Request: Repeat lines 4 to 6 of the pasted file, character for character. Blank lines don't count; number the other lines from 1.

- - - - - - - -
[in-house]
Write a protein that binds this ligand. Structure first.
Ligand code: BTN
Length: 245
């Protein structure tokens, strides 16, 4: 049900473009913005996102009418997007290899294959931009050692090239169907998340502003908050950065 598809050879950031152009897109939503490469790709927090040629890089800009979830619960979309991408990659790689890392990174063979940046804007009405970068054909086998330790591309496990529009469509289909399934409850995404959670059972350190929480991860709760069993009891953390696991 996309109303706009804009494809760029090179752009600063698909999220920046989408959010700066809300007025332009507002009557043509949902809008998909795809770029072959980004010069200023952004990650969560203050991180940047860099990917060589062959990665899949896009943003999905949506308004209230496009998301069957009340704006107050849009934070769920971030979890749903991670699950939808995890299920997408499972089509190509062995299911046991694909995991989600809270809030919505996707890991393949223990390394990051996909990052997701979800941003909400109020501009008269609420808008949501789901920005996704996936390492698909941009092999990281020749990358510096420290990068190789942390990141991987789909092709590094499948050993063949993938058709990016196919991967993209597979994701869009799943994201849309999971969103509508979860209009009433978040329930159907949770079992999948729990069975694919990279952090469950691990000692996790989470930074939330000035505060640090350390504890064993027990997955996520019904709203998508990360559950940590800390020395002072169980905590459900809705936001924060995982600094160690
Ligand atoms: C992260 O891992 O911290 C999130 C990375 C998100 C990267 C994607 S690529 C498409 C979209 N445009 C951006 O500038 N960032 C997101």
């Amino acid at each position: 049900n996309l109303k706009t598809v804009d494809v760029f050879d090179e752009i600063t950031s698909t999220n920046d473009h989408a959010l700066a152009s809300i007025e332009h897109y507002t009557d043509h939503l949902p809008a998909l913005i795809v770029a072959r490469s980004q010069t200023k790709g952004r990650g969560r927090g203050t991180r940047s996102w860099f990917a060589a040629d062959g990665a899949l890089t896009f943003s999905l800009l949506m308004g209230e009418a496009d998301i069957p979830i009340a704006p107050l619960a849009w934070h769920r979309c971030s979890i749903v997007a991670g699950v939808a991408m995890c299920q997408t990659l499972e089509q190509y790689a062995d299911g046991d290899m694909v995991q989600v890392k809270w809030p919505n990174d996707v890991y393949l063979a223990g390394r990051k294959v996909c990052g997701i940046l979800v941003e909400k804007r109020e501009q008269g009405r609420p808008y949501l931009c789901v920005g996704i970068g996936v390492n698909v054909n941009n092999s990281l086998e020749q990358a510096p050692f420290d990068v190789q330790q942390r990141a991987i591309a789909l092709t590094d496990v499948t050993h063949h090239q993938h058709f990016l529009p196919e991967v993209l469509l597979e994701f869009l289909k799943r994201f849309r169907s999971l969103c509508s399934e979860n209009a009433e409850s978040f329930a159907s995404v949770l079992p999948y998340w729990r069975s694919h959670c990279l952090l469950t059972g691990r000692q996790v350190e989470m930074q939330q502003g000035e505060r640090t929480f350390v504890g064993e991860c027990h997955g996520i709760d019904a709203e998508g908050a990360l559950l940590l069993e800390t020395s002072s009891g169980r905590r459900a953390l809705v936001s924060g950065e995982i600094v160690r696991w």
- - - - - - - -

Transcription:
Length: 245
């Protein structure tokens, strides 16, 4: 049900473009913005996102009418997007290899294959931009050692090239169907998340502003908050950065 598809050879950031152009897109939503490469790709927090040629890089800009979830619960979309991408990659790689890392990174063979940046804007009405970068054909086998330790591309496990529009469509289909399934409850995404959670059972350190929480991860709760069993009891953390696991 996309109303706009804009494809760029090179752009600063698909999220920046989408959010700066809300007025332009507002009557043509949902809008998909795809770029072959980004010069200023952004990650969560203050991180940047860099990917060589062959990665899949896009943003999905949506308004209230496009998301069957009340704006107050849009934070769920971030979890749903991670699950939808995890299920997408499972089509190509062995299911046991694909995991989600809270809030919505996707890991393949223990390394990051996909990052997701979800941003909400109020501009008269609420808008949501789901920005996704996936390492698909941009092999990281020749990358510096420290990068190789942390990141991987789909092709590094499948050993063949993938058709990016196919991967993209597979994701869009799943994201849309999971969103509508979860209009009433978040329930159907949770079992999948729990069975694919990279952090469950691990000692996790989470930074939330000035505060640090350390504890064993027990997955996520019904709203998508990360559950940590800390020395002072169980905590459900809705936001924060995982600094160690
Ligand atoms: C992260 O891992 O911290 C999130 C990375 C998100 C990267 C994607 S690529 C498409 C979209 N445009 C951006 O500038 N960032 C997101």